February 23, 2004
Photo: Alex Wong/Getty Images
To call that "nonsense" would be a severe understatement. Christians in general control almost all of the levers of power in America today — cultural, political, social, and economic. Conservative, evangelical Christians hold important positions of power throughout the nation. There is exactly one admitted atheist in the U.S. Congress and not too many believers who are not Christians. They enjoy extensive privileges simply because they are Christians and which are denied to other religious groups as well as to nonbelievers.
So why does Lou Dobbs now say that Christians are discriminated against and need to be heard? It may have something to do with his rabid anti-immigrant rhetoric because both are tied to defending traditional, unjust social privileges against encroachment by minorities.
Dobbs told the 2008 Values Voter Summit in Washington that as recently as two years ago he believed that people who live according to the dictates of their religious faith should not have a voice in the public square.
Source: One News Now
If Lou Dobbs says that he believed this, then I'll accept that at face value. I have no reason to claim that he never "really" believed it (unless someone can find quotes from him expressing the opposite). What I have to say, though, is that this is a ridiculous, false belief which no rational or sensible person should hold. Lou Dobbs is the first person I've ever seen actually expressing such a view — I assume that others have held it, but I've never heard of them and I doubt that their numbers are very large.
Why would anyone insist that believers should be silenced? It has nothing whatsoever to do with keeping church and state separate because that's about ensuring that state actions — laws, policies, regulations — are secular and neutral, not motivated by any sectarian or religious goals, principles, doctrines, etc. This can't and shouldn't prevent believers from expressing their opinions. It also can't and shouldn't prevent them from recommending state actions which would violate church/state separation. So why on earth would Lou Dobbs develop and hold such a silly notion?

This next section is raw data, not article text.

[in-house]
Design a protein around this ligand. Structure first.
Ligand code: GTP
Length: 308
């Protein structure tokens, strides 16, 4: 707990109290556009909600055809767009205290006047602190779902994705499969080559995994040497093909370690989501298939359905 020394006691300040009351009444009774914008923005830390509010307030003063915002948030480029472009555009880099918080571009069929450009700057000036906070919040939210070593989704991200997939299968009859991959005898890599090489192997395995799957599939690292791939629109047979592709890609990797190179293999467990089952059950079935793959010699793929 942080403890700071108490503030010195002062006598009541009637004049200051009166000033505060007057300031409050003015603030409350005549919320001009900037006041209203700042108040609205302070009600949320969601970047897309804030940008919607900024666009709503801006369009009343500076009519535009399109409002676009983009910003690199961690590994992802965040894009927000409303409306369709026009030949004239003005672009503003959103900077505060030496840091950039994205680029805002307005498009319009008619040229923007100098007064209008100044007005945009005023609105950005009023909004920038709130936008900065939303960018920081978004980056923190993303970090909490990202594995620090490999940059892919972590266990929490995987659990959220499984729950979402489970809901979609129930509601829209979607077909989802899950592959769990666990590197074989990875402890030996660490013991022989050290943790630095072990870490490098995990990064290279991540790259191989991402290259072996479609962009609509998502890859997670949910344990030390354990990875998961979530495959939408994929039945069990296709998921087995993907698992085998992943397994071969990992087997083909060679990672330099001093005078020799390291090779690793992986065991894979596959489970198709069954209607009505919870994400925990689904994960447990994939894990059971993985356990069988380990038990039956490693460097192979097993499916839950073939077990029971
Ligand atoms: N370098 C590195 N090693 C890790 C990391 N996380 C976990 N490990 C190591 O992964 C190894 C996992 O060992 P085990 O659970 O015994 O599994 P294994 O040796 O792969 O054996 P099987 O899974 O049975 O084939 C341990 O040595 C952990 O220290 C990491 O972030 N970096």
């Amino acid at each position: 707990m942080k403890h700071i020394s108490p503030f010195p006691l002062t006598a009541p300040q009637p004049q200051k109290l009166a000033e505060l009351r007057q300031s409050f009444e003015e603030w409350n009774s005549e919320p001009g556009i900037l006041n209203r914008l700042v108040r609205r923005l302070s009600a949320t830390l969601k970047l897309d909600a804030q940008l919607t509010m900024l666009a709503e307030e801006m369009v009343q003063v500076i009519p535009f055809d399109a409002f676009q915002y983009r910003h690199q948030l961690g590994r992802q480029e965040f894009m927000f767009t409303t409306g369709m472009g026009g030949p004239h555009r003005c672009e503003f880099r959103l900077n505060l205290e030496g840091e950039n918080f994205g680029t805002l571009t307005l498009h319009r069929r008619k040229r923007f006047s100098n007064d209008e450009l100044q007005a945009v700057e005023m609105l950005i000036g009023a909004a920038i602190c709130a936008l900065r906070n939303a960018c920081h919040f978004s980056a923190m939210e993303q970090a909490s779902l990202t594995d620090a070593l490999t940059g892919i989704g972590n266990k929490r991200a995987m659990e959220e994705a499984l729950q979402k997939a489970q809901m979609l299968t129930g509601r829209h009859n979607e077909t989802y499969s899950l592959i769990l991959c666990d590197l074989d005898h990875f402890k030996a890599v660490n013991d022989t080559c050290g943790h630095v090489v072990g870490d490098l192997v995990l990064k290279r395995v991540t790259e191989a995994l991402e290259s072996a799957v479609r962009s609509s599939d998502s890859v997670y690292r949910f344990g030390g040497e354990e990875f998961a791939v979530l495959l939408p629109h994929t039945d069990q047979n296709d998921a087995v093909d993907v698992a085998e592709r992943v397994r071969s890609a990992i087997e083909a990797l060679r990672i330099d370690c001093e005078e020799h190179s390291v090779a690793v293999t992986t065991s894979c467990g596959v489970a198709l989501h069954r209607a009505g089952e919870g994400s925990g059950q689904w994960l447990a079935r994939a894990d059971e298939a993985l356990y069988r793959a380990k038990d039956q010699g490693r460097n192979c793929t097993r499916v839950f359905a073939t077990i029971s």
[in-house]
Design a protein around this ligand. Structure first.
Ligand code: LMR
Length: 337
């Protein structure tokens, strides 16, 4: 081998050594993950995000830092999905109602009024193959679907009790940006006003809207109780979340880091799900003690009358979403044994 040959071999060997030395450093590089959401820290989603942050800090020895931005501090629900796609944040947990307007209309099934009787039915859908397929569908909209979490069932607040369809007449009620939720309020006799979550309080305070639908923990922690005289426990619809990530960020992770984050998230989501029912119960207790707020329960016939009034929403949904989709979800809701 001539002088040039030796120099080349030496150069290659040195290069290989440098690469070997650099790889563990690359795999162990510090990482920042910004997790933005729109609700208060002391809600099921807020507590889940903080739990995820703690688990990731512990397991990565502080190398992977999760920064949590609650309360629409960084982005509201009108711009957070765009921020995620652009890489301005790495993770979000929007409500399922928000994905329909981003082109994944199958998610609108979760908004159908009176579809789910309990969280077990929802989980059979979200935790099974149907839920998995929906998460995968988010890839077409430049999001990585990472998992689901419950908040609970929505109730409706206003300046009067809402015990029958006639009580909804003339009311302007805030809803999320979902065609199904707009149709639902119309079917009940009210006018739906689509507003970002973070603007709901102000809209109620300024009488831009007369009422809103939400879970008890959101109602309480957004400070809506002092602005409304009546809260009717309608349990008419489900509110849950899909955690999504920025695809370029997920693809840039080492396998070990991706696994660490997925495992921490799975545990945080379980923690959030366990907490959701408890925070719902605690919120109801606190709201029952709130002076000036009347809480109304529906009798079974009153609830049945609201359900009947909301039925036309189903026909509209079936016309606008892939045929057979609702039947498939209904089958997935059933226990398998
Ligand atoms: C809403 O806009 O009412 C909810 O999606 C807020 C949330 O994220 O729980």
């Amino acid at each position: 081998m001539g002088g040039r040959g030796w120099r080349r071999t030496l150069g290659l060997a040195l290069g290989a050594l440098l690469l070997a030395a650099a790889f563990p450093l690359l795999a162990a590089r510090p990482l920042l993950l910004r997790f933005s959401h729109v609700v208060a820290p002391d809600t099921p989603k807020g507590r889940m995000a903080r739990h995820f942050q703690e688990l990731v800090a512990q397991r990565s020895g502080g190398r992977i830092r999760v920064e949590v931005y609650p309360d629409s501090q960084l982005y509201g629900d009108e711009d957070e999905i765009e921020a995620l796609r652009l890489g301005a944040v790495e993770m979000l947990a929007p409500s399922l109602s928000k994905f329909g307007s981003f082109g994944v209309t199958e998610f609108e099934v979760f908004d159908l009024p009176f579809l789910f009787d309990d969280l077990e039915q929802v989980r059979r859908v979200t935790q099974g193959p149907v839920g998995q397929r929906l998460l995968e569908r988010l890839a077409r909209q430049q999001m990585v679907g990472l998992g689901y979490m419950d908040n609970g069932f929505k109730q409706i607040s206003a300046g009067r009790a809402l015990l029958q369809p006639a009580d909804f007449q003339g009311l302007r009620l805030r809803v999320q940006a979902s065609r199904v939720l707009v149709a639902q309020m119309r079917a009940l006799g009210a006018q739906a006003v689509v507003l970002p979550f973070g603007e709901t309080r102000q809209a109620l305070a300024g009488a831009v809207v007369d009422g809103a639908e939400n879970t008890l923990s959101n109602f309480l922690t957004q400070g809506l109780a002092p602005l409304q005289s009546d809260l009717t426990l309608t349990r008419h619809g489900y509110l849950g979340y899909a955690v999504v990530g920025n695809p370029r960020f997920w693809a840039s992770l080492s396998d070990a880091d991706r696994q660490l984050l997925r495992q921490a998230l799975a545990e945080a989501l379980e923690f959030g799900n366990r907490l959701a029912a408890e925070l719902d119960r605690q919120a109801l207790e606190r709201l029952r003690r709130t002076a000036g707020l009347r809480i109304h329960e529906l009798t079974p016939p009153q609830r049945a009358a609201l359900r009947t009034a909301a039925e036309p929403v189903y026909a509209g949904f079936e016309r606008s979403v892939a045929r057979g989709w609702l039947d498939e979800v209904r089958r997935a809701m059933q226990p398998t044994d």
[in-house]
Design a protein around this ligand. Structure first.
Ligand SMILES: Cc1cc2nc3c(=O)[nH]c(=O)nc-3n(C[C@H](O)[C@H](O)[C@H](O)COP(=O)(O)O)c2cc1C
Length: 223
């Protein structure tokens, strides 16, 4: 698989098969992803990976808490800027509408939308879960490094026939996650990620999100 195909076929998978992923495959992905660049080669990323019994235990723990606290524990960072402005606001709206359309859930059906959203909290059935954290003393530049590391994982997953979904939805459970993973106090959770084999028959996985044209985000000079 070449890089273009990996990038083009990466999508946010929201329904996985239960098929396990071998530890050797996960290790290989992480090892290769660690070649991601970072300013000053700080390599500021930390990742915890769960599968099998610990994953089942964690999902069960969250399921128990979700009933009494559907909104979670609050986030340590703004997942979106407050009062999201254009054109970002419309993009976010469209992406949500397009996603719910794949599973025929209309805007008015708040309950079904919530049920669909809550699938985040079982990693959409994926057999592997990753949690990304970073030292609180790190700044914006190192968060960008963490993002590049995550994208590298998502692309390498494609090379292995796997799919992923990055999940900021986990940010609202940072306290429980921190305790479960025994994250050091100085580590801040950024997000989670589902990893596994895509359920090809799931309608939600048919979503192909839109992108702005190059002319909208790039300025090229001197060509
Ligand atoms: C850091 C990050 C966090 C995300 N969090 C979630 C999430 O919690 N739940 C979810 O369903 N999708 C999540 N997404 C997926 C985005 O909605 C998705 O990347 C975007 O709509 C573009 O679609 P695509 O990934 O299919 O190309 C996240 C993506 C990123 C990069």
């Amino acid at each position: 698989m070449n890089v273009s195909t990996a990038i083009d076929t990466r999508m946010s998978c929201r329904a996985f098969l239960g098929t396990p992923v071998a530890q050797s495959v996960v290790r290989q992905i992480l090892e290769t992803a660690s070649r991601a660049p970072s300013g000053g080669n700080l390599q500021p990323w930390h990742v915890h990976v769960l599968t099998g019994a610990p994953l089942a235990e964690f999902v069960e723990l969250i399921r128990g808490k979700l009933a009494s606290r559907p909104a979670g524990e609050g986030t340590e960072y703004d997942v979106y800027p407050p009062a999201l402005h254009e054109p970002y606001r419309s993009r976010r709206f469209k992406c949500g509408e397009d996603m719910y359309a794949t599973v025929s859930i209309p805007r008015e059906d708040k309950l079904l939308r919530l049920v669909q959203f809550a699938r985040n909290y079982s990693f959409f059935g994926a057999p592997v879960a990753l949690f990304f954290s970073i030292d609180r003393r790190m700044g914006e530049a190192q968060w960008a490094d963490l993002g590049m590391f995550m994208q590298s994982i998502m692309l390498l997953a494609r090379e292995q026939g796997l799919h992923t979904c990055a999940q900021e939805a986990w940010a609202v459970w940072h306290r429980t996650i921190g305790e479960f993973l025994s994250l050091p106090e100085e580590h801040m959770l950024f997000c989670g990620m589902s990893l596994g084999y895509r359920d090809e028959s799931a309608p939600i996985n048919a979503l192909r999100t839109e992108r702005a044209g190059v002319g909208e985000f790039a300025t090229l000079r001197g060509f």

How many listeners may have been misled by his personal authoritarianism into thinking that many others are similarly authoritarian? Probably quite a few, because Lou Dobbs made a bad situation worse by insisting that others now are just like he was then:
"There is such a resistance to that idea that it has become an orthodoxy in the liberal media, in our political system -- to the point that it is to me outright censorship," said Dobbs. "And whether one is religious, whether one is Christian, Catholic, Jewish or Buddhist, I don't really care. From those religions and that religiosity springs a sense of morality and a philosophy that frankly I think that our public arena desperately, desperately needs."
Lou Dobbs here implies very strongly that there is insufficient morality and philosophy in the secular sphere — that politics desperately needs religion because religion is the only adequate source of the needed morality and philosophy. Isn't it interesting that Dobbs would with one breath condemn alleged discrimination against religious believers and then engage in rank bigotry by suggesting that secular citizens lack sufficient morality and philosophy to run a government? It's not surprising, though, because those views frequently go together: it's difficult for people to promote an alleged "need" for religion unless they can establish problems with secular philosophies.